How do you fix a crossbite in a child?
Without doubt, reinstituting proper chewing is the aim of therapy. Depending on the age of the child and the type of cross bite, different treatment approaches may be considered. Additionally, depending on the case, expansion plates (removable appliances), quad helix or rapid palatal expanders (fixed appliances) are used.
For this reason, the general treatment is called expansion. Its objective is to increase the transversal dimension of the upper jaw (the maxillary bone), so it can fit correctly the mandible (lower jaw).
Therefore, we have to study the case very carefully to decide if the needed treatment is slower expansion or rapid maxillary expansion.
On one side, with slow maxillary expansion we get dentoalveolar changes. It is used when the problems are mainly dental.
Light forces are applied over a longer period of time. We incline teeth in an outside direction. We have to be careful not to get a thinning of the gum and gum recession (periodontal problems). This type of expansion is usually done with removable orthodontic appliances.
On the other side, the rapid palatal expansion is a very fast way to treat and solve crossbites. Usually in a month the needed dimension of the upper jaw is reached. Nevertheless, retention (not an active treatment, just an appliance left for a longer period of time) has to stay longer so that we do not get relapse.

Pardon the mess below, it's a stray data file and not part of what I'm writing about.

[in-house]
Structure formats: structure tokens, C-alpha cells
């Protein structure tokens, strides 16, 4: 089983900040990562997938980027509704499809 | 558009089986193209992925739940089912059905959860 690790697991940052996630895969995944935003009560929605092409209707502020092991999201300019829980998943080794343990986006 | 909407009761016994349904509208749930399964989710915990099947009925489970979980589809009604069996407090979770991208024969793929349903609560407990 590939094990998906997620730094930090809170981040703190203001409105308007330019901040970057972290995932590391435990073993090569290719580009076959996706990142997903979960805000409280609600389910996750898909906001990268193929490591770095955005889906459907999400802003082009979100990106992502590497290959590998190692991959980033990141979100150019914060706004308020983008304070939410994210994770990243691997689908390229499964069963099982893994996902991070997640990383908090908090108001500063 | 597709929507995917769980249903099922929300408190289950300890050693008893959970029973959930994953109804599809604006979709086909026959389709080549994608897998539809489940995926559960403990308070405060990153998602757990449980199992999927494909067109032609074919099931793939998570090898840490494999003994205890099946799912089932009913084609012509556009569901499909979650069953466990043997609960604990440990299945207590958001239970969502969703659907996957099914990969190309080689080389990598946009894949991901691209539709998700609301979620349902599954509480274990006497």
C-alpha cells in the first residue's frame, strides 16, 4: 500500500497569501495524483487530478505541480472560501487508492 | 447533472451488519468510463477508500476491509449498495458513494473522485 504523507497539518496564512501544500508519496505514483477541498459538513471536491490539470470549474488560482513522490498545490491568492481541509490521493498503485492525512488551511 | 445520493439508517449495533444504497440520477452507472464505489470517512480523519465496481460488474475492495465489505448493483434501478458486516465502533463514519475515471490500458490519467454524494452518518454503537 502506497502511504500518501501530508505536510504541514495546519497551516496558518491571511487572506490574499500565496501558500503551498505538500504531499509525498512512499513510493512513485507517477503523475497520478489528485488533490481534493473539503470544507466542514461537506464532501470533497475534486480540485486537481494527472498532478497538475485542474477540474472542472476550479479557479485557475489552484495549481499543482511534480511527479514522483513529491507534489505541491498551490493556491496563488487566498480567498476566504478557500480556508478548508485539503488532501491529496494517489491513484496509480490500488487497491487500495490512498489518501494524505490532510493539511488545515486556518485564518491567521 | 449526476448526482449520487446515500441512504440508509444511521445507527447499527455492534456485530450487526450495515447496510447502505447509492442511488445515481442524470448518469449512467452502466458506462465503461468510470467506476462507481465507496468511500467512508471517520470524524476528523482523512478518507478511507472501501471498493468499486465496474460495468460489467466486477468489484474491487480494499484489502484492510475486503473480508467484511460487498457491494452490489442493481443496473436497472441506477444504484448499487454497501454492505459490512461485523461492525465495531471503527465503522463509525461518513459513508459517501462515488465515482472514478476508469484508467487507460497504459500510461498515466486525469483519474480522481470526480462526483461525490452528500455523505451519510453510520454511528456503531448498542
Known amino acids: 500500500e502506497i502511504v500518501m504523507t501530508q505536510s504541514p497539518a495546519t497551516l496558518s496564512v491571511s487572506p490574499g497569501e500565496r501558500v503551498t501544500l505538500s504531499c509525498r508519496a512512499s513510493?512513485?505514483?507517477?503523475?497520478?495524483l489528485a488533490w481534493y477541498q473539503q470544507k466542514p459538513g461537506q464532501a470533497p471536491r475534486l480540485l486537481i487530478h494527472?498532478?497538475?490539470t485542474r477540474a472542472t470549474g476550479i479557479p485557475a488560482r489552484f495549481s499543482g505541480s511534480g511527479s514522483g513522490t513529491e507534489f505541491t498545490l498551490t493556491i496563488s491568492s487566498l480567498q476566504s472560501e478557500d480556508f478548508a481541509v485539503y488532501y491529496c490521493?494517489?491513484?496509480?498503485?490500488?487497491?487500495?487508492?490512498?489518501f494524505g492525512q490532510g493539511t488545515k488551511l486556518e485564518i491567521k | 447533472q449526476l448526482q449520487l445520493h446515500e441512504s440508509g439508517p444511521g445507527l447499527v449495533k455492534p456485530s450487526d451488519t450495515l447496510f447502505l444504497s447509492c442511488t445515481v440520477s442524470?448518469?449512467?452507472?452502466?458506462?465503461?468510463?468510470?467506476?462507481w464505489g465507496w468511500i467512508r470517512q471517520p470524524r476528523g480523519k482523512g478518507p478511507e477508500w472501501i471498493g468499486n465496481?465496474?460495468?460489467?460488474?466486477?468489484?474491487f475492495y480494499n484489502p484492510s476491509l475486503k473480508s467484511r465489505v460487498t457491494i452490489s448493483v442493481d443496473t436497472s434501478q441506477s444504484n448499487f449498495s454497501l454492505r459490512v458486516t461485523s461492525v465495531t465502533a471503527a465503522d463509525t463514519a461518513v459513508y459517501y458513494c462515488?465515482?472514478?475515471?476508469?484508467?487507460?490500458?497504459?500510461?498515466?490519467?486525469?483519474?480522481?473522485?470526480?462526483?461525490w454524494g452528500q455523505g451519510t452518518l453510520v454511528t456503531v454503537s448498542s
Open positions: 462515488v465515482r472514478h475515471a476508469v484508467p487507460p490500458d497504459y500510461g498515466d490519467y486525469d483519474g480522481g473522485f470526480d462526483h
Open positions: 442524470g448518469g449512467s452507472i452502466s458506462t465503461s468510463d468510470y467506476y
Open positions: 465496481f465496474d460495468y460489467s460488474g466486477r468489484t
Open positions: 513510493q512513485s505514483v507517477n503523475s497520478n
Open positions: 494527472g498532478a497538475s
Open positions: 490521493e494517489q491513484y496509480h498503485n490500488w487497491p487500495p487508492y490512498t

We open the palatal suture between the left and right halves of the palatal bone. This type of expansion is usually done with fixed orthodontic appliances.
What happens if a crossbite is not corrected?
Without doubt, it is worth fixing a crossbite. If left uncorrected, children may later suffer from facial, dental, muscular or joint issues. Functional growth and development are affected. This way jaw surgery may not be necessary for crossbite cases and skeletal crossbites can be fixed without surgery.
Finally, these issues include worn teeth, asymmetrical jaw growth, worsening of the misalignment, and an unsteady bite. Additionally, it causes facial aesthetic issues.
GM Lopes-Freire, ABC Cárdenas, JEES de Deza, JM Ustrell-Torrent, LB Oliveira & JR Boj. Exploring the association between feeding habits, non-nutritive sucking habits, and malocclusions in the deciduous dentition. Progress in Orthodontics 16 (1), 1-7. 2015.